The U.S. presidential elections are right around the corner and it seems that just about everyone is looking for news, poll results, and other political coverage both online and off. For those of you who are still eagerly devouring anything related to the elections, you'll want to check out these five tools for visualizing election data. From earmarks to electoral votes, there's a lot you can learn from the apps listed here.
1) Visualize Political Contributions By Industry
The non-profit organization called Sunlight Foundation, whose mission is to use the Internet to make information about the U.S. government more accessible, just released a visualization of campaign contributions from 1990-2008, broken down by industry sectors and party lines. From this app, profiled on Programmable Web, you can see how the finance, insurance, and real estate industries spend more than others. The visualization is interactive - just push the play button after configuring the settings. It was built using Google Motion Chart and data from OpenSecrets.
2) Visualizing Earmarks
Earmarks are a hot topic in the current U.S. Presidential election. You can visit the web site earmarkwatch.org to investigate those spending measures inserted by members of Congress into bills that direct taxpayer dollars to their pet projects. But an even easier way to track which states are the worst for using earmarks, this visualization over on ManyEyes is useful. Wow, look at Alaska!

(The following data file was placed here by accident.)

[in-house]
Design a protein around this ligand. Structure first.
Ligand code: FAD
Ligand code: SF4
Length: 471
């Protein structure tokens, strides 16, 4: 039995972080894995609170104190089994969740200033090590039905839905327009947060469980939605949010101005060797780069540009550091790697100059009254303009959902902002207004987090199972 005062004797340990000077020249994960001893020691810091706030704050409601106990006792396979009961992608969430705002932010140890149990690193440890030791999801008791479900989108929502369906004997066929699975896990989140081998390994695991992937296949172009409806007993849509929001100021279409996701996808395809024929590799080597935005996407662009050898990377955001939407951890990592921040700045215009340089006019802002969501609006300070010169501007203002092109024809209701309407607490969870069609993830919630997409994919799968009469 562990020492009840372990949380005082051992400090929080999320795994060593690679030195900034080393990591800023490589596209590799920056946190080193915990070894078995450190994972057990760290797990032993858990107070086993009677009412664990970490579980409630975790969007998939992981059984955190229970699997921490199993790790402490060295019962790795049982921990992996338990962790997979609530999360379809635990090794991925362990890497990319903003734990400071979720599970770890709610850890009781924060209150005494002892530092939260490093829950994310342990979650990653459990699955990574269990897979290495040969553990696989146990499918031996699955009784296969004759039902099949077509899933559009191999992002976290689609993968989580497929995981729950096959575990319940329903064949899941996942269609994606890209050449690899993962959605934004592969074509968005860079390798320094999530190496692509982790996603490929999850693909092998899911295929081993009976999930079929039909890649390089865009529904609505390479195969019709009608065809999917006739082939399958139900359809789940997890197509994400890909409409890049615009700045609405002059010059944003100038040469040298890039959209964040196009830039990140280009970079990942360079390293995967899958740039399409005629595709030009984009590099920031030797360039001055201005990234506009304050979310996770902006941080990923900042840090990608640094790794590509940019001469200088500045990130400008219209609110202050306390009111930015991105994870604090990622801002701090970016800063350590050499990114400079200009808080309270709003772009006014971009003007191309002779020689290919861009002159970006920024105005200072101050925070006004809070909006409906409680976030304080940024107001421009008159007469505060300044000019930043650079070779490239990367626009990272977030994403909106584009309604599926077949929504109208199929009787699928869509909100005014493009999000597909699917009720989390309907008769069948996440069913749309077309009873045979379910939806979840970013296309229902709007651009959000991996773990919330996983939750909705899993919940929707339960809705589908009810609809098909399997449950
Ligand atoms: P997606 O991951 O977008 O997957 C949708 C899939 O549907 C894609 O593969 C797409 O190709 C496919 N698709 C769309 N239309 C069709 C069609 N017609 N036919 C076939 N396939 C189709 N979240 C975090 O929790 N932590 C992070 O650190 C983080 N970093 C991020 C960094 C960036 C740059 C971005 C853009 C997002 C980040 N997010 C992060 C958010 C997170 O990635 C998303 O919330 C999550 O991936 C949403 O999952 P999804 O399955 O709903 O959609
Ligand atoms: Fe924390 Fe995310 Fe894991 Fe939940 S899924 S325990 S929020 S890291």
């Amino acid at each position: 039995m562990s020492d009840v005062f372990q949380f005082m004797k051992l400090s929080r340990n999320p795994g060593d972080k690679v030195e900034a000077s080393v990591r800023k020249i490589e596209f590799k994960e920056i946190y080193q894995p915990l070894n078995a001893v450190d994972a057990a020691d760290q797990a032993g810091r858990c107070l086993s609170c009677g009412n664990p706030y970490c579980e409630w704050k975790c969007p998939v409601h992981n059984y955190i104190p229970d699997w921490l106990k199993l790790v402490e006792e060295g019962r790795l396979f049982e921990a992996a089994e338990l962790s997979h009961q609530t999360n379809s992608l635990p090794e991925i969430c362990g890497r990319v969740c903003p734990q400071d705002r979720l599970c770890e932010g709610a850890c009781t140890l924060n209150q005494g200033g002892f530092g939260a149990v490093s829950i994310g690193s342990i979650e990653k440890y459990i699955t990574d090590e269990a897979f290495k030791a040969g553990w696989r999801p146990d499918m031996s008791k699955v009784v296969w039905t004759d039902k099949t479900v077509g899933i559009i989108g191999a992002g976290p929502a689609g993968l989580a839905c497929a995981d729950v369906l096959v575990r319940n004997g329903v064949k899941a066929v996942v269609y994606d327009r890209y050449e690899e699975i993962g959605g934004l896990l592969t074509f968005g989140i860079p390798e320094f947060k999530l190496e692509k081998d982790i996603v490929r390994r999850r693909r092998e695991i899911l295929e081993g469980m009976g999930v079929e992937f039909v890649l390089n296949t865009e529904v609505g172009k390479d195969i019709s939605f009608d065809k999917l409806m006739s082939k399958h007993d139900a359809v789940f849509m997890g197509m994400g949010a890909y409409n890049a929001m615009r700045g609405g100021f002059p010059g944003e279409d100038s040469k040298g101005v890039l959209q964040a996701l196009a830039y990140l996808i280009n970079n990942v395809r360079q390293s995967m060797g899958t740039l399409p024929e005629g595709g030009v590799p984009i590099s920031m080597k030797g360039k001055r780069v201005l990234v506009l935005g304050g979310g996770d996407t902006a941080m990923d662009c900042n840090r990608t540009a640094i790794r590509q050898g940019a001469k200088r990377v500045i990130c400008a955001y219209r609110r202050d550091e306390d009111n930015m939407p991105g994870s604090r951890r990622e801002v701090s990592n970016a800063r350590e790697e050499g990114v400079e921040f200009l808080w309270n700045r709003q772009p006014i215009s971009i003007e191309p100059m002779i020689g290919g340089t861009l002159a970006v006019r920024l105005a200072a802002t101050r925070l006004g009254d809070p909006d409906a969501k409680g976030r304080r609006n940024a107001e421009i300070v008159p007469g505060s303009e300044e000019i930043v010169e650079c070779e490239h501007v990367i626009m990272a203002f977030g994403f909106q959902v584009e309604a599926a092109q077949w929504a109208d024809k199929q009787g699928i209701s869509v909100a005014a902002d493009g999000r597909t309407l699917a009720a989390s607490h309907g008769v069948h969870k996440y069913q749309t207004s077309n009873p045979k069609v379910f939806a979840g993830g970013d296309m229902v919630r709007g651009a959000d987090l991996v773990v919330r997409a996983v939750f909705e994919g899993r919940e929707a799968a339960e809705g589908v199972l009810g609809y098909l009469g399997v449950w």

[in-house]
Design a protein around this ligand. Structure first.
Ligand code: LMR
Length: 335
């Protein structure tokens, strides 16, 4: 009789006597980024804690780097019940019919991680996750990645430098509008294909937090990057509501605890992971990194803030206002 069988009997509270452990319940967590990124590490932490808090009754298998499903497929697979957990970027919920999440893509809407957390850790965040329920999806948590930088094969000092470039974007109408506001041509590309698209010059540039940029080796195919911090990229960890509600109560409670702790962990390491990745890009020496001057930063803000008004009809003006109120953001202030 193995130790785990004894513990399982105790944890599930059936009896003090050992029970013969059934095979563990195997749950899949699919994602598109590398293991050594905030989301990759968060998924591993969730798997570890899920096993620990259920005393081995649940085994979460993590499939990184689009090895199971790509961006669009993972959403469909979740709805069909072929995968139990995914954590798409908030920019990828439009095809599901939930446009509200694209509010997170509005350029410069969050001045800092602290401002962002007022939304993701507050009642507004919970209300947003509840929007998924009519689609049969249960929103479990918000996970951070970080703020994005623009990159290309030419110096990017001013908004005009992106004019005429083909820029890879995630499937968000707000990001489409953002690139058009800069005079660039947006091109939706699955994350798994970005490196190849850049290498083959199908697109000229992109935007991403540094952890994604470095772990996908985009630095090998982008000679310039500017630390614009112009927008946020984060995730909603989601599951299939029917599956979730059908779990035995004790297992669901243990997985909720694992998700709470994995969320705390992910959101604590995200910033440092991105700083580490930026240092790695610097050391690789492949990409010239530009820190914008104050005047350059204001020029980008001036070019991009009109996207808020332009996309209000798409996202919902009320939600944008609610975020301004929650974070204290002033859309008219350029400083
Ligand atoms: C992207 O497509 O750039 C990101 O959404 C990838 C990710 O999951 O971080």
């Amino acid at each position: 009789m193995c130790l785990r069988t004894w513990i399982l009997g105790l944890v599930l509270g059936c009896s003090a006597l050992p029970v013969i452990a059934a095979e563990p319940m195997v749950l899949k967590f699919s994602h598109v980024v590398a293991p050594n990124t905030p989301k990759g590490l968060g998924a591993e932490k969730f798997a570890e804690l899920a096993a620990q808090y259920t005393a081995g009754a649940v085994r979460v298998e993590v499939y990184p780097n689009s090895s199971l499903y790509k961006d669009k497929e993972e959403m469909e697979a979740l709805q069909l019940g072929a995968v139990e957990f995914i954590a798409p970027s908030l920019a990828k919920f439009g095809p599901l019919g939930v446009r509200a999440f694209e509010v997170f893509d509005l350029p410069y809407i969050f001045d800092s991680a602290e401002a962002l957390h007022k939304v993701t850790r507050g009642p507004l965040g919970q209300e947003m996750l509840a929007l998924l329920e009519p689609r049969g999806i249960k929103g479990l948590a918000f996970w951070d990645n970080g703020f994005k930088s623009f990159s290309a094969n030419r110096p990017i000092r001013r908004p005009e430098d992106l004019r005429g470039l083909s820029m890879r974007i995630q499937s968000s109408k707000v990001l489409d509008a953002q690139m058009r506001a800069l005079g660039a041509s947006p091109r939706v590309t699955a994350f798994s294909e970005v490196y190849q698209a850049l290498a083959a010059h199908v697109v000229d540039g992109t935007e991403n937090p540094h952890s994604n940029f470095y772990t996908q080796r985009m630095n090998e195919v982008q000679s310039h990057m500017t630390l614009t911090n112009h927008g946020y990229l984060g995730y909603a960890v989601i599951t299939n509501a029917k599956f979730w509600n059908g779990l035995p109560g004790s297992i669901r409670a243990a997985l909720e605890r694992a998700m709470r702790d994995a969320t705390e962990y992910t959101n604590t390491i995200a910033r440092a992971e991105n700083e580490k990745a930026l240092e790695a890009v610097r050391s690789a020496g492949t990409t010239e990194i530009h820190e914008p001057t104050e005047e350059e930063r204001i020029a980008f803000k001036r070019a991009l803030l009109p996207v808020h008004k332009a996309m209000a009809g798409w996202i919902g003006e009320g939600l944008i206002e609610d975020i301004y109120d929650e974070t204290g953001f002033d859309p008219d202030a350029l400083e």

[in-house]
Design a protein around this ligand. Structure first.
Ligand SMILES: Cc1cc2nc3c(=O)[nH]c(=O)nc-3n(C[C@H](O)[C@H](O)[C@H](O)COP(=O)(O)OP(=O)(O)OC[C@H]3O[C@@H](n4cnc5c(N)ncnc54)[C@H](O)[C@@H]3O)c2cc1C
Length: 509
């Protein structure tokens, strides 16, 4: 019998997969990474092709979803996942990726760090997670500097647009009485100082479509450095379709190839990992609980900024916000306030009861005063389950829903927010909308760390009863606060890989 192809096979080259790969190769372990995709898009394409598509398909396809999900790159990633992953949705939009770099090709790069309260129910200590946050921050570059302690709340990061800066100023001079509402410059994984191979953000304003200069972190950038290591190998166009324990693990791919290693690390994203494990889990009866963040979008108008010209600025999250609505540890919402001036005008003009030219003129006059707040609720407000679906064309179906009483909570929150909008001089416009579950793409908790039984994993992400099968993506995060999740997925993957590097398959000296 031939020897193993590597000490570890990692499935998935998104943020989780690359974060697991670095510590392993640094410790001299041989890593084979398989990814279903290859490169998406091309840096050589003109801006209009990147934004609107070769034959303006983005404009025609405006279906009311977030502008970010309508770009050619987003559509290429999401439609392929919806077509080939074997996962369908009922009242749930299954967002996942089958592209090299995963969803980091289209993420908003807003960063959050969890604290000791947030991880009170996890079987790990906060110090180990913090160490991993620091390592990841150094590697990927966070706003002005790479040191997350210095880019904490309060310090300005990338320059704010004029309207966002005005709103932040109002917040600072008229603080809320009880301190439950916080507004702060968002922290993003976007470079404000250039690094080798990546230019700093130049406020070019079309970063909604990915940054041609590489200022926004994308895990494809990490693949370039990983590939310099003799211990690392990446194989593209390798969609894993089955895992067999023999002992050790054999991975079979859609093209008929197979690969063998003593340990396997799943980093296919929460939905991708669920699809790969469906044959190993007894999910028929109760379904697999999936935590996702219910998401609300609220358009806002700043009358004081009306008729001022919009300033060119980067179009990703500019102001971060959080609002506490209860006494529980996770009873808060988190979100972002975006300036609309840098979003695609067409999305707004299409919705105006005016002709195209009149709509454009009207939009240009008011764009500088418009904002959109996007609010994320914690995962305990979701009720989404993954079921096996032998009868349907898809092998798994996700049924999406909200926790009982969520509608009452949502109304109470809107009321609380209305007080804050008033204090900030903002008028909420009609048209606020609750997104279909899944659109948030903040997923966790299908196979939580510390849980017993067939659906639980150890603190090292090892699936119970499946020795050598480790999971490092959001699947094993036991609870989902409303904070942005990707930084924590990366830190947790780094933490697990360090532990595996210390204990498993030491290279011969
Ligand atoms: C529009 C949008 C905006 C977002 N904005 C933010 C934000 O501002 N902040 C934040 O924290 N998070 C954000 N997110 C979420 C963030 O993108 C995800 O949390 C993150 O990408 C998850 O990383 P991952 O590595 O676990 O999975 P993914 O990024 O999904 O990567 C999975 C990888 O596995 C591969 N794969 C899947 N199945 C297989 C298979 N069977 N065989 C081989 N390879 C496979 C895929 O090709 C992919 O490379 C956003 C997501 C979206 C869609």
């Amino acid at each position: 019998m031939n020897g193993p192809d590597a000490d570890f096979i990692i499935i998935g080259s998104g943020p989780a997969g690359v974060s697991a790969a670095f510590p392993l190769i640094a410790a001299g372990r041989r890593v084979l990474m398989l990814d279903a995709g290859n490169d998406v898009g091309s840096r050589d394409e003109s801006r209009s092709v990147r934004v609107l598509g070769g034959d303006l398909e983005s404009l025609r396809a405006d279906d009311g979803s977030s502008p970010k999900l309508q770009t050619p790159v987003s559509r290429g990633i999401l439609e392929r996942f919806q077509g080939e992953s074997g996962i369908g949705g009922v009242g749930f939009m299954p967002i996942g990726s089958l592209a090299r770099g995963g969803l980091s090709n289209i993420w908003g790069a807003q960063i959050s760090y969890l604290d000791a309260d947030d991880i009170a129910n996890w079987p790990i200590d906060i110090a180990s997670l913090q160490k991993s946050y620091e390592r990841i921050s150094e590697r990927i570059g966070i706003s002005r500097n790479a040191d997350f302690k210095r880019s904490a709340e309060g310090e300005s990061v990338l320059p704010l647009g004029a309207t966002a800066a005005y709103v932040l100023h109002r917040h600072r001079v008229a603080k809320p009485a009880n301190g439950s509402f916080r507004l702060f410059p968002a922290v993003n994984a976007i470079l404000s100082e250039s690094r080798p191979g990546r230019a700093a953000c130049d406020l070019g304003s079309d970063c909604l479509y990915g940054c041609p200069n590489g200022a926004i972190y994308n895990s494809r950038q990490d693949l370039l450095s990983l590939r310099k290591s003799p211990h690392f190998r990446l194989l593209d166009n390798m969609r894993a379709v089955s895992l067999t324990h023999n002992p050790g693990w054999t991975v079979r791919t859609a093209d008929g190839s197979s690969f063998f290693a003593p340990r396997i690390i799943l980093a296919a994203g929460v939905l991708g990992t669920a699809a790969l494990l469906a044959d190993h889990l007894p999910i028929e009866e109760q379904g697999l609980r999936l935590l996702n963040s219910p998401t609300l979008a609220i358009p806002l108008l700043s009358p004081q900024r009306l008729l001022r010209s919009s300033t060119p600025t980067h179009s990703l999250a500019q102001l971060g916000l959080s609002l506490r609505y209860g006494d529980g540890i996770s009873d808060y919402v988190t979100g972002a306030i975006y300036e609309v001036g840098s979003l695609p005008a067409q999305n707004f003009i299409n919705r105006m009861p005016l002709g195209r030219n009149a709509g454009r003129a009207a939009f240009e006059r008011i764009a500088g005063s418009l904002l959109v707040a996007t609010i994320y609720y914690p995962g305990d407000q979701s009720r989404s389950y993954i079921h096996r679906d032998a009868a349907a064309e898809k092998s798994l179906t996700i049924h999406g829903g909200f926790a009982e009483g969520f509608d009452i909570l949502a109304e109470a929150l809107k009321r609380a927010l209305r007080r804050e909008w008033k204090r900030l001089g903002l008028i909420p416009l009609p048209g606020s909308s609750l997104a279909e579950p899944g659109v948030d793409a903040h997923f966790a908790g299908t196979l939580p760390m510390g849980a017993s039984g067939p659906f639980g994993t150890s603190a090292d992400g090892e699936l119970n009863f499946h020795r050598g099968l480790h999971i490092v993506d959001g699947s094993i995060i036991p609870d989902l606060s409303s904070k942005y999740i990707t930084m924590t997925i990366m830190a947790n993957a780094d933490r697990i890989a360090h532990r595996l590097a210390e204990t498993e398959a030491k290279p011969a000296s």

3) Visualizing Election Polls
University of Utah computer scientists have written software they hope will eventually allow anyone to interactively and visually analyze election results, political opinion polls or other surveys. The software displays data in the form of "radial" charts that are doughnut-shaped and include features of traditional pie charts and bar graphs. The charts are interactive and animated, too. You can watch a video demonstration over here, but unfortunately, the poll-analysis software isn't quite ready for prime time. What a tease!
4) Electoral College Prediction Tracker
This interactive visualization widget provides an overview of the predicted outcome of the U.S. presidential election. The rows depict the results from different news agencies (The Washington Post, The New York Times, CNN, etc.) and the columns represent the different U.S. states. The states width is based on the number of electoral votes they have available. Political bloggers will really like this one, too - it's embeddable!
5) The 2008 Presidential Election In The Blogosphere
This next visualization, perspctv.com, is an informational dashboard that summarizes and graphs the Internet activity relating to the 2008 presidential elections. The charts compare the similarities as well as the differences between the mainstream media and user-generated content, such as that found on political blogs. Currently, the graphs include CNN polls, new mentions, blogosphere mentions, Twitter mentions, a U.S. electoral map, and Google Trends-based timelines. (via information aesthetics)